Latino and black Iowans make up a disproportionate amount of known COVID-19 cases, according to data the state released this week.
On Wednesday, 17.3 percent of the 1,995 Iowans confirmed to have coronavirus were Hispanic or Latino, while just 6.2 of the state’s population identifies as Hispanic or Latino.
And 9.2 percent of those who tested positive for COVID-19 were black Iowans, while Iowa’s population is only 4 percent black.
“It’s very unfortunate, and it’s something that we knew in the Latino and immigrant communities for some time,” said Joe Henry with the League of United Latin American Citizens in Des Moines.
He said a lot of Latinos are still going to work in food production plants, warehouses and construction sites where they can’t necessarily practice social distancing.
“We need to make sure we take care of our workers, especially those from our community, in the immigrant community,” Henry said. “Things need to be handled right now.”
Henry said LULAC has received complaints from employees, especially at meat packing plants, who say their employers are not doing enough to protect them. Two meat packing plants in Iowa have confirmed COVID-19 outbreaks, and infections have been reported at additional food processing facilities.
Henry said the state should enforce coronavirus safety measures at businesses to make sure they’re following the U.S. Occupational Safety and Health Administration’s guidance for preventing the spread of COVID-19. He said the state should also do more to provide reliable information about the virus to people who don’t have English as their primary language.
Nicole Novak, an assistant research scientist at the University of Iowa College of Public Health, said Iowa’s racial and ethnic disparities in COVID-19 cases are consistent with those found across the country.
“Here in Iowa, our communities and our economy are set up in a way that many black and Hispanic Iowans are more likely to get exposed to the coronavirus, and many have risk factors that make it more likely to develop a severe set of COVID-19 symptoms,” Novak said.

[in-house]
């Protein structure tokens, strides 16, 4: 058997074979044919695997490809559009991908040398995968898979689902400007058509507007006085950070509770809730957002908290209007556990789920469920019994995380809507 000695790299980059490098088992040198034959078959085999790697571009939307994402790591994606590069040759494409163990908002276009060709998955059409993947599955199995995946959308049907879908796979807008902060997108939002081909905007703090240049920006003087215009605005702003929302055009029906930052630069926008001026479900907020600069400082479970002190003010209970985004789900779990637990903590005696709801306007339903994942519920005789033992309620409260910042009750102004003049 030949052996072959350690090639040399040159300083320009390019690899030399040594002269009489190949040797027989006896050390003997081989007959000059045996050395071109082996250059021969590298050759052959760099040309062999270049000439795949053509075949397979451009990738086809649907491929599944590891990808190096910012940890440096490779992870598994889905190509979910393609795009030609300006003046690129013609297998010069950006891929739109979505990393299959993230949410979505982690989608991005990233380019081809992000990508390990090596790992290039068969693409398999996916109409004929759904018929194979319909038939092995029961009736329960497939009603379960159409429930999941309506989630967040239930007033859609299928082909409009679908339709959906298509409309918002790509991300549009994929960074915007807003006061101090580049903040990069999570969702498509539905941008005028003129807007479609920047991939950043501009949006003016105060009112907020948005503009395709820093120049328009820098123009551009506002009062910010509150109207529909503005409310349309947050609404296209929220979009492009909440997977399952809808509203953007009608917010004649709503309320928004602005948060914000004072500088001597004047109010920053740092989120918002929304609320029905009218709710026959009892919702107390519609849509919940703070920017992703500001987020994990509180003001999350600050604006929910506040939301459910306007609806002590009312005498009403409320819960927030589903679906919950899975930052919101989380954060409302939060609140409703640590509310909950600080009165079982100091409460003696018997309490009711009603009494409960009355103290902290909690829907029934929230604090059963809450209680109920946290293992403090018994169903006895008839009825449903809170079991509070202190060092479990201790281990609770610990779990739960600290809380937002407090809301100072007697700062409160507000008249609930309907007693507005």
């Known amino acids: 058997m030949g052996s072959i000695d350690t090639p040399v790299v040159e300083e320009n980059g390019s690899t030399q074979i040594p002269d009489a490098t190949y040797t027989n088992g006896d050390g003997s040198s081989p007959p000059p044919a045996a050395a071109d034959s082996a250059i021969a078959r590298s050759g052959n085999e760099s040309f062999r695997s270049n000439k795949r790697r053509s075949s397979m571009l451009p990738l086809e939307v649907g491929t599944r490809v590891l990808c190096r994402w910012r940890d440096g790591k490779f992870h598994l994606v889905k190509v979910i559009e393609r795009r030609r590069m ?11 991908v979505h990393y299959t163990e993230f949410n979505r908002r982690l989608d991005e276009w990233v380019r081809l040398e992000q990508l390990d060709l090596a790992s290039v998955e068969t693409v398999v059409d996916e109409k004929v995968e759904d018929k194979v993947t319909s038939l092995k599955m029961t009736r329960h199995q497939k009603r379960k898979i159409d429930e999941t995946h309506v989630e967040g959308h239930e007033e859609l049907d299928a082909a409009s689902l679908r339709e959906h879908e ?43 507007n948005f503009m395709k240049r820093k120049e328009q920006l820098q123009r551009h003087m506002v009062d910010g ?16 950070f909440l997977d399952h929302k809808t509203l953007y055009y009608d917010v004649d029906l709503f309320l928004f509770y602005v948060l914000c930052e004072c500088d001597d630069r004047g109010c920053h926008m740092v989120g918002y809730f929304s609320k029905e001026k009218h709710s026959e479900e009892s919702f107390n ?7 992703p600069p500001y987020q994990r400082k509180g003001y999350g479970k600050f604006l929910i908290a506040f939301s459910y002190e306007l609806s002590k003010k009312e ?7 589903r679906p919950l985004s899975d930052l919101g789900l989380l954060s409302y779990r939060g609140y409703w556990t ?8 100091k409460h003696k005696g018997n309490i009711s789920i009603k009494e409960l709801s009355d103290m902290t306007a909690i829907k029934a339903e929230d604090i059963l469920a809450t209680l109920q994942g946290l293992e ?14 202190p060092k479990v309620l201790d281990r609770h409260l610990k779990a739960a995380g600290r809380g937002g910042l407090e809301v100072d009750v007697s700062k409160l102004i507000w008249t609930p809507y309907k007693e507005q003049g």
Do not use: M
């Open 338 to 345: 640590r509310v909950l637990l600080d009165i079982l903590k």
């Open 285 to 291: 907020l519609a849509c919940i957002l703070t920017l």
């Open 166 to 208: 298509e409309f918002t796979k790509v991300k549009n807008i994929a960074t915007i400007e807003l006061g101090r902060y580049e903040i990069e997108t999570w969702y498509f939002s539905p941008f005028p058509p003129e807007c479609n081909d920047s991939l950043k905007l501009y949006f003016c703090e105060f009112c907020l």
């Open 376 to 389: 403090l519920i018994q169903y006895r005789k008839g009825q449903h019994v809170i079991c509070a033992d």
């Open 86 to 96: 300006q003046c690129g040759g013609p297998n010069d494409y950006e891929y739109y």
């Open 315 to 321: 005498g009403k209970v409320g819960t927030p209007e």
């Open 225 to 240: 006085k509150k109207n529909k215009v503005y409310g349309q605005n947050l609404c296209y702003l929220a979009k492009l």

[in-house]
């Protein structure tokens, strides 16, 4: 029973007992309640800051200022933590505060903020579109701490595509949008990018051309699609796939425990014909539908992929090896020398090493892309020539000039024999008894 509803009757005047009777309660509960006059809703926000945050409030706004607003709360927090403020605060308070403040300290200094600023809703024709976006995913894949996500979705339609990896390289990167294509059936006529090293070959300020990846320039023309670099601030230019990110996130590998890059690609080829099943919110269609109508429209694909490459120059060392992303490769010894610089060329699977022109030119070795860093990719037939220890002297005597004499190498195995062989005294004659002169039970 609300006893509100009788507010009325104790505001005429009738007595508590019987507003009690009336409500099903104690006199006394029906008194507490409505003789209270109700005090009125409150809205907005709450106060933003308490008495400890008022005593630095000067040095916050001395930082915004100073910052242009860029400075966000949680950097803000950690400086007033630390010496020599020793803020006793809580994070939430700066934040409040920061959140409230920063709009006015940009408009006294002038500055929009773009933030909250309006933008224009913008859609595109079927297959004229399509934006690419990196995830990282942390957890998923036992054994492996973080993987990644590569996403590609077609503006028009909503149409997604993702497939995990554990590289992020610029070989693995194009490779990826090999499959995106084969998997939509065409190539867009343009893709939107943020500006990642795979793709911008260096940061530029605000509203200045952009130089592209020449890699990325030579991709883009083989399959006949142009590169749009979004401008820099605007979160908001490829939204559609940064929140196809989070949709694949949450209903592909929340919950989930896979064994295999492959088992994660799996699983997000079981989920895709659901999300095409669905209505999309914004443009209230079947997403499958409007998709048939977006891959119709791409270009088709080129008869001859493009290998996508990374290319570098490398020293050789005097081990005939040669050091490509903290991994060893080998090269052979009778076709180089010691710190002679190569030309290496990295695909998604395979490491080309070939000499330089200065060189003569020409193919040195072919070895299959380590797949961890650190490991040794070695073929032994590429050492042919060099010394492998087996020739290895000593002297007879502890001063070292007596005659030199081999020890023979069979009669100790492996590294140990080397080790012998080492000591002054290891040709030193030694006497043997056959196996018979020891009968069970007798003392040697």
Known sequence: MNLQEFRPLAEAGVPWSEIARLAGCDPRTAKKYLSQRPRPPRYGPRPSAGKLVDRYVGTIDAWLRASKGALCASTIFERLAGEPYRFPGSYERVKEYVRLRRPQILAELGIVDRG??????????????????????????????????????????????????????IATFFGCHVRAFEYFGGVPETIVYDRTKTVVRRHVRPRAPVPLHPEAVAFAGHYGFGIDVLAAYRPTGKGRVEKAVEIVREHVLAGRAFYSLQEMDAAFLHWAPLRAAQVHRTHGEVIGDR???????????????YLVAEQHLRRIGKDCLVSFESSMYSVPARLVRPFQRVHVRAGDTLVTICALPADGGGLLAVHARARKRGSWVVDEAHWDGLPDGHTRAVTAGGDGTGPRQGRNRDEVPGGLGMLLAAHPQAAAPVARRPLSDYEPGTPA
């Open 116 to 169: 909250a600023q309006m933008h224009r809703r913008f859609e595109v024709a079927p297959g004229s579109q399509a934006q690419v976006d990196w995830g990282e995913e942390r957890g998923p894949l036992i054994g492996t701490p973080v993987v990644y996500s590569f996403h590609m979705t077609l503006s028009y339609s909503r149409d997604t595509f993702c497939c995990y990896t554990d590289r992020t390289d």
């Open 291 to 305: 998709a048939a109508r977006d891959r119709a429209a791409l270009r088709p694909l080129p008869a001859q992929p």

Novak said there is no evidence that the higher prevalence of health risk factors like asthma and diabetes are because of inherent biological differences. Rather, these underlying health conditions are rooted in social inequities related to income, housing and food quality, education and racism.
“In the case of coronavirus, that can be something of a double whammy because the communities that were already suffering from health inequalities rooted in those social inequalities can also be more vulnerable to severe COVID,” Novak said.
Novak echoed Henry’s suggestions for reducing racial and ethnic coronavirus disparities in Iowa.
“I think making sure that information really saturates communities through trusted sources is super important,” Novak said.
She added employers should be held accountable for keeping workers safe, and employees should be informed of their rights and feel empowered to advocate for their own safety.
Asked about these disparities Wednesday, Iowa Department of Public Health Deputy Director Sarah Reisetter said they are still in the process of “analyzing the data.”
“We’re continuing to work on providing instructional materials in alternate languages and trying to reach out specifically to some of the businesses where some of these individuals may work,” Reisetter said.
The state did not provide race and ethnicity data for hospitalizations and deaths in Iowa.